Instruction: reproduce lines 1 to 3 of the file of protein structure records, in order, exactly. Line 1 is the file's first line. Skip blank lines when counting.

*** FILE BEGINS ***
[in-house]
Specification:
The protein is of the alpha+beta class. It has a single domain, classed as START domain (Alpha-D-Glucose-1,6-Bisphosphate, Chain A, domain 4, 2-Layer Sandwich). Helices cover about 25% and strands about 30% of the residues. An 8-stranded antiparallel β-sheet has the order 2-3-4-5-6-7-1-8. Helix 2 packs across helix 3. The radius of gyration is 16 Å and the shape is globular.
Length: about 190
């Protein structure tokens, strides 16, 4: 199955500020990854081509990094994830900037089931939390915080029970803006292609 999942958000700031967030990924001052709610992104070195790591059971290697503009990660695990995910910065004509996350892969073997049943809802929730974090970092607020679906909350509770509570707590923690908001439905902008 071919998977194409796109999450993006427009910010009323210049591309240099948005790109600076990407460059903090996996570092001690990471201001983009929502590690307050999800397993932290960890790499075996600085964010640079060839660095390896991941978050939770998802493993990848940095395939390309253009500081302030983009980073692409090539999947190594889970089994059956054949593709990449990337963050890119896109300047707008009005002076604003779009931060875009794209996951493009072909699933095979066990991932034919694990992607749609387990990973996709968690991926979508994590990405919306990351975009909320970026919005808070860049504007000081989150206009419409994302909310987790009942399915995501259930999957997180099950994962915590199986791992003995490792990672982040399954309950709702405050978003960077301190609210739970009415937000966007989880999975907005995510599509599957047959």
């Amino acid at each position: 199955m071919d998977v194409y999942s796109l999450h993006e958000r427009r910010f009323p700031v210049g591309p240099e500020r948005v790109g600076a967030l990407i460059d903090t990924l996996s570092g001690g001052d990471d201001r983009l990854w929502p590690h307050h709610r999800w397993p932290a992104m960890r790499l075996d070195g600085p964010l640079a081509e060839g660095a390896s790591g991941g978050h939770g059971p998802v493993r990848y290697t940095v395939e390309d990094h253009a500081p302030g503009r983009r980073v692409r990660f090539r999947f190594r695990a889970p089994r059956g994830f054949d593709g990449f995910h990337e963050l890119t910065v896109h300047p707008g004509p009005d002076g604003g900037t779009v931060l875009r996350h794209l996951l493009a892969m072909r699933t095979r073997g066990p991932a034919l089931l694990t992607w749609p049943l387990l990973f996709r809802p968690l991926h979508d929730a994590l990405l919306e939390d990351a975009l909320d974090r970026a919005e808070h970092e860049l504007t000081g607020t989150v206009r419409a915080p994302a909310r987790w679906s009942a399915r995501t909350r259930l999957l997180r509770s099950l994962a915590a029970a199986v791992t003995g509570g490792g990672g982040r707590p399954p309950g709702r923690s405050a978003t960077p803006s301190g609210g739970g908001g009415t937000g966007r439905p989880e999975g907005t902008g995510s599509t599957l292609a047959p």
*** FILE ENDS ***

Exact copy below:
[in-house]
Specification:
The protein is of the alpha+beta class. It has a single domain, classed as START domain (Alpha-D-Glucose-1,6-Bisphosphate, Chain A, domain 4, 2-Layer Sandwich). Helices cover about 25% and strands about 30% of the residues. An 8-stranded antiparallel β-sheet has the order 2-3-4-5-6-7-1-8. Helix 2 packs across helix 3. The radius of gyration is 16 Å and the shape is globular.